I never knew how amazing pickled peaches could taste until I tried Joyce Goldstein's pickled peach recipe from her practical Jam Session: A Fruit-Preserving Handbook. I believe these are also called Southern pickled peaches. The pickling juice is divine. You can drink it straight. It tastes like slightly tart, sweet citrusy syrup. The aroma of cinnamon and cloves is captivating. The color is dark amber, it's gorgeous. I started with two jars as I wasn't sure if we'd like these peaches, but now I am sold and will add more to enjoy them all year.
It's peach time. We bought a whole bunch of delicious peaches at a farmers' market, and I had an opportunity to try new recipes. Joyce says she used to serve these pickled peaches with fried chicken at their restaurant on the Fourth of July. Her family loved them so much that Joyce always had a few jars in her pantry. I'll be doing the same. I can't wait to try these peaches with ice cream too.
Some notes about the recipe
The original recipe in the book specifies a 3-4 quart yield, which turned out to be quite off for me. I did not have enough pickling brine for even two jars, so I made some adjustments.
Small to medium peaches work best as they fill the jars better. I was able to fit 4 medium peaches in each quart jar. I would estimate two peaches per quart jar if I used very large peaches unless I cut them in halves. Pint jars can work, too, but you are looking at only about two peaches per jar.
Keep in mind that after processing, peaches will shrink, so you want to fill jars as tightly as possible. You can't do that with very big peaches.
This recipe is quite versatile. You can stop before canning to make what is known as quick pickled peaches that will store well in a refrigerator.
Alternatively, you can proceed with canning them and make canned pickled peaches that will store for up to a year or longer in a cool, dry place. Refrigerator pickled peaches will store well for up to 3 months or even longer. I haven't tested this, but my fermented pickles stayed fresh for over 6 months in the fridge.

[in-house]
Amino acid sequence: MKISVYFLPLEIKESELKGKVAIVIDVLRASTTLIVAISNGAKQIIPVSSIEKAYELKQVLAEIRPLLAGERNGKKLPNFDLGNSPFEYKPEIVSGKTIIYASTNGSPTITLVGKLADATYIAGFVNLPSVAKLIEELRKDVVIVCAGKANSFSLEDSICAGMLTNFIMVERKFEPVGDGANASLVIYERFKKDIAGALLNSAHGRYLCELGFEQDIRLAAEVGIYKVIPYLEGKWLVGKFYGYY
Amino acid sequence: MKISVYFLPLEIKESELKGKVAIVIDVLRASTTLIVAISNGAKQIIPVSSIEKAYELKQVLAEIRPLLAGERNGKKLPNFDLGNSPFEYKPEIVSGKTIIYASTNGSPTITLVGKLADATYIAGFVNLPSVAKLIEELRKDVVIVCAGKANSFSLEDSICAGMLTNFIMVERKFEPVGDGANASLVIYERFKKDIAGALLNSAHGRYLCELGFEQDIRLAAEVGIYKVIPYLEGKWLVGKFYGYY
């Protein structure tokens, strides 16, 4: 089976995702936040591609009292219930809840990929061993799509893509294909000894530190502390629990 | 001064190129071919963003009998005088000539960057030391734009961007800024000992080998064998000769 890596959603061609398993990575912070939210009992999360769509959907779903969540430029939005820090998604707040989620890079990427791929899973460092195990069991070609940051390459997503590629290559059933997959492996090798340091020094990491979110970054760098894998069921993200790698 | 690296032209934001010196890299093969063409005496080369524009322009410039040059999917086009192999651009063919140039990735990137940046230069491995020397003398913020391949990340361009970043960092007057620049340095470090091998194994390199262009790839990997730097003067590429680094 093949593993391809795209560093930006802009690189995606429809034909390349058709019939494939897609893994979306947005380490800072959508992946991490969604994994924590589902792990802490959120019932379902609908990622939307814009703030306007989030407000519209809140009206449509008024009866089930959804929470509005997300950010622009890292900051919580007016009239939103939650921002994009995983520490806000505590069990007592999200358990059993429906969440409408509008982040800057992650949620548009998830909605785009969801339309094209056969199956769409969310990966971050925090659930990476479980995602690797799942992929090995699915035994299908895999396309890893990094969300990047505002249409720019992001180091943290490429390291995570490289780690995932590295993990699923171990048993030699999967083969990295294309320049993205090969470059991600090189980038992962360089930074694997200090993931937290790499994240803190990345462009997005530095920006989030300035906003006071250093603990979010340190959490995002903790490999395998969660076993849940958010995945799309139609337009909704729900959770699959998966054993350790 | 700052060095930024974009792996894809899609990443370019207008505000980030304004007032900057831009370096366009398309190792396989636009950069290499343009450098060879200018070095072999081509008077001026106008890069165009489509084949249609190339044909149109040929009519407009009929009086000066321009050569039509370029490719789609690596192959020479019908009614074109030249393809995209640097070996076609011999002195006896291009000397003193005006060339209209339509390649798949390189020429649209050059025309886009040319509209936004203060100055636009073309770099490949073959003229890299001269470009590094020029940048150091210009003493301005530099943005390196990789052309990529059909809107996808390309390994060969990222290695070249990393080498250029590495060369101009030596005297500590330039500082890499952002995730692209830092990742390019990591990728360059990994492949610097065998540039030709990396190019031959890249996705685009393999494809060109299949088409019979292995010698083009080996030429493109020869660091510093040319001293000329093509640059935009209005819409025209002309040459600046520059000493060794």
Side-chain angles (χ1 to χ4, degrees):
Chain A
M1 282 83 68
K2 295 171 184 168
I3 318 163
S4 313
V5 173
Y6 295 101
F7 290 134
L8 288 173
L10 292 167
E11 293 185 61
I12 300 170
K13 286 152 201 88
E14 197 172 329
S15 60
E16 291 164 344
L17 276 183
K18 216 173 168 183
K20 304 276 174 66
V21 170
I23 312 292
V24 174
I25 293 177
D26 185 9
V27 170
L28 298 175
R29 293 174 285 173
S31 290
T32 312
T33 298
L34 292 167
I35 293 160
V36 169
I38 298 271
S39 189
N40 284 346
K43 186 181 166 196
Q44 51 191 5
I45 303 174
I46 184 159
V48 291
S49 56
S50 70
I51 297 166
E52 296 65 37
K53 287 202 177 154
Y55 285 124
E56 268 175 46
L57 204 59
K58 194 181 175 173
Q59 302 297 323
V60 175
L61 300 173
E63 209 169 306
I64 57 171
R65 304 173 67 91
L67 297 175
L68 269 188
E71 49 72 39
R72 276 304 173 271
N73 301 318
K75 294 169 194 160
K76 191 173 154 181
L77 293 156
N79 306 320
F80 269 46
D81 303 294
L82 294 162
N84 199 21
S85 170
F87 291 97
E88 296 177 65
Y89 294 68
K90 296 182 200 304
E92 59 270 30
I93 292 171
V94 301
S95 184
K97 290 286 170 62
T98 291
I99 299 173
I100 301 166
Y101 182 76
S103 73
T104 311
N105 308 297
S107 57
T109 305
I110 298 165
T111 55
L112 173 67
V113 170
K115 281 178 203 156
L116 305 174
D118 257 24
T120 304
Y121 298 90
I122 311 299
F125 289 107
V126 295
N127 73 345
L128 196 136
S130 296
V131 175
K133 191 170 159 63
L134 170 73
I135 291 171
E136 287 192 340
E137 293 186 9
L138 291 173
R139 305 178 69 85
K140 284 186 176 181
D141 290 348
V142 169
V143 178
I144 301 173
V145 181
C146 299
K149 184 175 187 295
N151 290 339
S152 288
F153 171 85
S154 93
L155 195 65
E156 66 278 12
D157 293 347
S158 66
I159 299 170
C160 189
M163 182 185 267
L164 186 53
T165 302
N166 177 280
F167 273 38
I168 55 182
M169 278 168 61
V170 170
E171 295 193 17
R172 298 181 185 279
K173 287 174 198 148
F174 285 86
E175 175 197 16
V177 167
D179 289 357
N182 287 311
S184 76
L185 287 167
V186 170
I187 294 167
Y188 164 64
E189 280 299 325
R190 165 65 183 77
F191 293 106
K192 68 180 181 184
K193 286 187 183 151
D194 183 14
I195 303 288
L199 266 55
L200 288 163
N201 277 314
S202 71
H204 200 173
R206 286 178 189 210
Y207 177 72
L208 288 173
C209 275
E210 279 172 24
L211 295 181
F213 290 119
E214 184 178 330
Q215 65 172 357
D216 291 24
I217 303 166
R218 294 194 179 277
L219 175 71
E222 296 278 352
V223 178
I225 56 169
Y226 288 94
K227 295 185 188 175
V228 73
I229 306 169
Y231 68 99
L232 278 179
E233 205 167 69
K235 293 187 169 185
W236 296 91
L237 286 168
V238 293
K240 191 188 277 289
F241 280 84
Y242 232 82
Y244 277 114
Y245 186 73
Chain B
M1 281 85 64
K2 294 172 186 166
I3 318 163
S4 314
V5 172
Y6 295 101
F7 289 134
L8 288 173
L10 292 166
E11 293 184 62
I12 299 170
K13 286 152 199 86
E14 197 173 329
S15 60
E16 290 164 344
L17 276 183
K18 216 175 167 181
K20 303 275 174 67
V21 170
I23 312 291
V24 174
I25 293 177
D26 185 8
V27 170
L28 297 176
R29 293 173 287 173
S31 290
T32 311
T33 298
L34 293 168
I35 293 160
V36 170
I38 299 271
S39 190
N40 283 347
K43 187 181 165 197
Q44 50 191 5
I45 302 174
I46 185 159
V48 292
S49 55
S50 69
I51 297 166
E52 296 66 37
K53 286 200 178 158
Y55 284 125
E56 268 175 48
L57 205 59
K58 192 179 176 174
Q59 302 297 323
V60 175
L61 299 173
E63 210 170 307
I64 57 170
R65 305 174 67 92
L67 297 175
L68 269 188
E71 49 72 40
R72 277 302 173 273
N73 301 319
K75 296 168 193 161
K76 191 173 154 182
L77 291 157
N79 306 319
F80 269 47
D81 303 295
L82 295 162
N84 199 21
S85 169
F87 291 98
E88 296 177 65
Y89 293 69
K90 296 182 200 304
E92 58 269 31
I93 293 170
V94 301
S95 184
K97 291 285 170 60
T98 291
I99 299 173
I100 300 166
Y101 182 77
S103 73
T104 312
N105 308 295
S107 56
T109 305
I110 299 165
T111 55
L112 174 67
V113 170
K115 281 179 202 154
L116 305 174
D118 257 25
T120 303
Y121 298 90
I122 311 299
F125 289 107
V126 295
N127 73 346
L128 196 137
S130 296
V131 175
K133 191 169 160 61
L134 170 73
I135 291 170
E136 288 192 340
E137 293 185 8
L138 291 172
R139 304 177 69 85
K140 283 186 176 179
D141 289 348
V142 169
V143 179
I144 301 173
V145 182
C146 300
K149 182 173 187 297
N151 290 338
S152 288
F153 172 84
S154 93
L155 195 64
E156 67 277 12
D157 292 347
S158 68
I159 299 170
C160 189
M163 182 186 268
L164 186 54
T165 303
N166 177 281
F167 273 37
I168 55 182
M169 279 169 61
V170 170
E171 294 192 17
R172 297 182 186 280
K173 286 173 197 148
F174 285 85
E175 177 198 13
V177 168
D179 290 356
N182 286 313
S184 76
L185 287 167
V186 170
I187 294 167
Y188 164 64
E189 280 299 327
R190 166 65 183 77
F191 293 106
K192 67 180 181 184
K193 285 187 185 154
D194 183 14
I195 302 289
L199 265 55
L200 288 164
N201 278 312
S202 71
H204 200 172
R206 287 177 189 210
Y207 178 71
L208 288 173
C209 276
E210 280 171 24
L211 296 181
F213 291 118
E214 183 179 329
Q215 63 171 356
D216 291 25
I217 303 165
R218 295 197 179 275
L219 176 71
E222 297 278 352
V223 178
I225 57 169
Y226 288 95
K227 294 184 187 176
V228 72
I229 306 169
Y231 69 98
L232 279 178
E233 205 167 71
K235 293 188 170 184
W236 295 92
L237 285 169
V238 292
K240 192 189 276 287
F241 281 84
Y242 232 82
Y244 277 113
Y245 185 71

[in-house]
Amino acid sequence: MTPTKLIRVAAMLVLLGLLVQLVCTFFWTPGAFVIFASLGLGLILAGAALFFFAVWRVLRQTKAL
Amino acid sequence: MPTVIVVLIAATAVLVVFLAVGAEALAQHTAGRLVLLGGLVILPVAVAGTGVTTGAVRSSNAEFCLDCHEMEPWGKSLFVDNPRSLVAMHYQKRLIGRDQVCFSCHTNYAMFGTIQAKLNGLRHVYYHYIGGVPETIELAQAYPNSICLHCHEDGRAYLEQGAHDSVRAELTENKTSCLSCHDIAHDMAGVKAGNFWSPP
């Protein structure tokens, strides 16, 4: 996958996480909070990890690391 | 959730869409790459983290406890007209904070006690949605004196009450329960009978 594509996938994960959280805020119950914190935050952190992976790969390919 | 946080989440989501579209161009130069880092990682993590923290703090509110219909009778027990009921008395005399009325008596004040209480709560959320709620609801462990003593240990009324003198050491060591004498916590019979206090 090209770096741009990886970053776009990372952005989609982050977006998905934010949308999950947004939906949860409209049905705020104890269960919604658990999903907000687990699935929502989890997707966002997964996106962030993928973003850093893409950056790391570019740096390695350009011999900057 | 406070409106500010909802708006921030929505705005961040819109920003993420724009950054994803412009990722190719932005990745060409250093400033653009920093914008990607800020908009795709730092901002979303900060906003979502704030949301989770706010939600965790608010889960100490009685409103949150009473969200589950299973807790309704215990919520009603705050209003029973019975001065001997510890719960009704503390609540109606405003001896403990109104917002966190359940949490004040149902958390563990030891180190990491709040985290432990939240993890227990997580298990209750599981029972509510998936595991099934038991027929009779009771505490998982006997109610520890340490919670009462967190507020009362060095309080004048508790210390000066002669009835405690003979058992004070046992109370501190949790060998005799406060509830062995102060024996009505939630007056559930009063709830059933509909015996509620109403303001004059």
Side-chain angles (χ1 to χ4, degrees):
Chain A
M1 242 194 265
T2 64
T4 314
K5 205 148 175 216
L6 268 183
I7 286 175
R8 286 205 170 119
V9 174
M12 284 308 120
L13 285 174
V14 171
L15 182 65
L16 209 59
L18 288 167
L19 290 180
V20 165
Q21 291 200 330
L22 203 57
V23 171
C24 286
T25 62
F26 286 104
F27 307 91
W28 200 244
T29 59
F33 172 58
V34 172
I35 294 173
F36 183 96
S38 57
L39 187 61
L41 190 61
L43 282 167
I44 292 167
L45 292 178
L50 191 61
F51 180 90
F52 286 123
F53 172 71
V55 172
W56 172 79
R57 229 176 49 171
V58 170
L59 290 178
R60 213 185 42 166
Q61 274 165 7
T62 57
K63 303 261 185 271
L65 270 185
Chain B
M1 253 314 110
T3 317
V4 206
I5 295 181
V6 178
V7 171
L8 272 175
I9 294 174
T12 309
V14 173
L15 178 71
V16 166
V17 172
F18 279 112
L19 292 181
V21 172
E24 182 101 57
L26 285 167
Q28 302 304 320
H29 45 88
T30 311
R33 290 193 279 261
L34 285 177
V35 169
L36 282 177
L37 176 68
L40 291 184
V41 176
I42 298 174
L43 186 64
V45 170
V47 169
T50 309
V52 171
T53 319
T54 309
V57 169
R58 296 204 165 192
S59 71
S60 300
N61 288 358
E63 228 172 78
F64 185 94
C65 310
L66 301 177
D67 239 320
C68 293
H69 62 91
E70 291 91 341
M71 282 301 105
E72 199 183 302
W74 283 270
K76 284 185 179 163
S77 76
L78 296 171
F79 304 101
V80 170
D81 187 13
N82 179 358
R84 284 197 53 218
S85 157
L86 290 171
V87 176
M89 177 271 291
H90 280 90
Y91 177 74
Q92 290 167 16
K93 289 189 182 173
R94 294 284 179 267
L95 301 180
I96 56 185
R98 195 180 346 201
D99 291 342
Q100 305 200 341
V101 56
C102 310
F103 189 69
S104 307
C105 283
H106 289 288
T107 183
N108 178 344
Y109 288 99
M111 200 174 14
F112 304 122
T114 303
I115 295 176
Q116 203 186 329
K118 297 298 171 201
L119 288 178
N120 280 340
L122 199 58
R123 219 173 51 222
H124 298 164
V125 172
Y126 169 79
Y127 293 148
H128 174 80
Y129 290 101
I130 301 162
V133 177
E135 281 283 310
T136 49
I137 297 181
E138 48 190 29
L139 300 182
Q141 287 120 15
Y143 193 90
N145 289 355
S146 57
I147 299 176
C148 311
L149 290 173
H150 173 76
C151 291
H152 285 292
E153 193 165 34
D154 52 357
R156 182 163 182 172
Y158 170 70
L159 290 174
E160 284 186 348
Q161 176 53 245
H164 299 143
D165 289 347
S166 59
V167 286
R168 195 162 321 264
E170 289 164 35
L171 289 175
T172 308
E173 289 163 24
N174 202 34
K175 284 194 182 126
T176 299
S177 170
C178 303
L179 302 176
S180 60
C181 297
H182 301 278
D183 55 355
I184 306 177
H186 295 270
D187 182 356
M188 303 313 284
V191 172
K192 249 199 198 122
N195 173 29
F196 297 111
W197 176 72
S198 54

Making pickled peaches
The process is very simple. We start with boiling a pot of water. Peaches are blanched in hot water for 1-2 minutes, then dunked in an ice water bath. This loosens skins that slip right off.
Next, we prepare the brine, which consists of a few very simple ingredients: apple cider vinegar, water, sugar, cinnamon, cloves, lemon zest, and peppercorns.
Peeled peaches are poached in a boiling brine for a couple of minutes. Next, we fill sterilized jars with poached pickles. If your peaches are too large, you can cut them in halves. Once the jars are filled with peaches, we add hot pickling brine, leaving 1/2-inch headspace.
The next step will depend on whether you want to make quick refrigerator pickled peaches or canned pickled peaches.
Making refrigerator pickled peaches
After filling jars with poached peaches and hot pickling brine, cover the jars with tight lids and let them cool to room temperature. Next, transfer to the refrigerator and store for up to 3 months, maybe even longer. No additional steps are required.
Making canned pickled peaches
If you want to extend the storage life of your pickled peaches, you will need to can them.
Canning pickled peaches can be done in a hot water canner. You do not need a pressure canner.